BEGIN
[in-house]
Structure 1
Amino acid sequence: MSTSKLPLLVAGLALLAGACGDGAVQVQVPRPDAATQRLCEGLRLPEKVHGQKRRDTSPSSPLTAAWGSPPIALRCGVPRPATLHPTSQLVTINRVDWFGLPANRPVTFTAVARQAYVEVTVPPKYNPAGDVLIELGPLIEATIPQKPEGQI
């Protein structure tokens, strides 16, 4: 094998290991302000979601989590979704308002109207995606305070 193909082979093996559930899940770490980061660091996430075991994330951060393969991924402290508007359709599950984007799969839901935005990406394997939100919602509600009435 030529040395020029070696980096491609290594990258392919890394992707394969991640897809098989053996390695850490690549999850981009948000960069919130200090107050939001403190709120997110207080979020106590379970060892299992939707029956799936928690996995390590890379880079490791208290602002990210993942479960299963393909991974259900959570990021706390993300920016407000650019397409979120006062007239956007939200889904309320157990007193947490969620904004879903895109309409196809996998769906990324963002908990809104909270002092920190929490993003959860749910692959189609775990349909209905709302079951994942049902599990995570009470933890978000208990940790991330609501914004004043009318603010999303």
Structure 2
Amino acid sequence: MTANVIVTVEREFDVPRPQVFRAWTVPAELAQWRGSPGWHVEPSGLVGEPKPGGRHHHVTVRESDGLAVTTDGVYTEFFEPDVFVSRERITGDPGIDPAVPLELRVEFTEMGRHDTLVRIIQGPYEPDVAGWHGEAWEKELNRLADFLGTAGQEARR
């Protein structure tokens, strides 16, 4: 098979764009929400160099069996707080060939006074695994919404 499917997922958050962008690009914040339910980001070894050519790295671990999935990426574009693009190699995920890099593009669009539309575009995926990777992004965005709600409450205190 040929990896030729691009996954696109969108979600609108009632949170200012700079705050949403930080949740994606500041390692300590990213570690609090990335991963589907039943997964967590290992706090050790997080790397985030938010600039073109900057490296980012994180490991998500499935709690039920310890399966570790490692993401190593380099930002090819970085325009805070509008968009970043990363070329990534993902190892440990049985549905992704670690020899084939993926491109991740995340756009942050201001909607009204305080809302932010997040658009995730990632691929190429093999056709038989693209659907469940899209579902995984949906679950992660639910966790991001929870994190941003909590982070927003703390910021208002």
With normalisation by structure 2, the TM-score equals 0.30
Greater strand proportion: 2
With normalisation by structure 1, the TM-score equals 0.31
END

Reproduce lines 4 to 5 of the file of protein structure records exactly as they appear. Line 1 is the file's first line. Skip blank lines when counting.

């Protein structure tokens, strides 16, 4: 094998290991302000979601989590979704308002109207995606305070 193909082979093996559930899940770490980061660091996430075991994330951060393969991924402290508007359709599950984007799969839901935005990406394997939100919602509600009435 030529040395020029070696980096491609290594990258392919890394992707394969991640897809098989053996390695850490690549999850981009948000960069919130200090107050939001403190709120997110207080979020106590379970060892299992939707029956799936928690996995390590890379880079490791208290602002990210993942479960299963393909991974259900959570990021706390993300920016407000650019397409979120006062007239956007939200889904309320157990007193947490969620904004879903895109309409196809996998769906990324963002908990809104909270002092920190929490993003959860749910692959189609775990349909209905709302079951994942049902599990995570009470933890978000208990940790991330609501914004004043009318603010999303």
Structure 2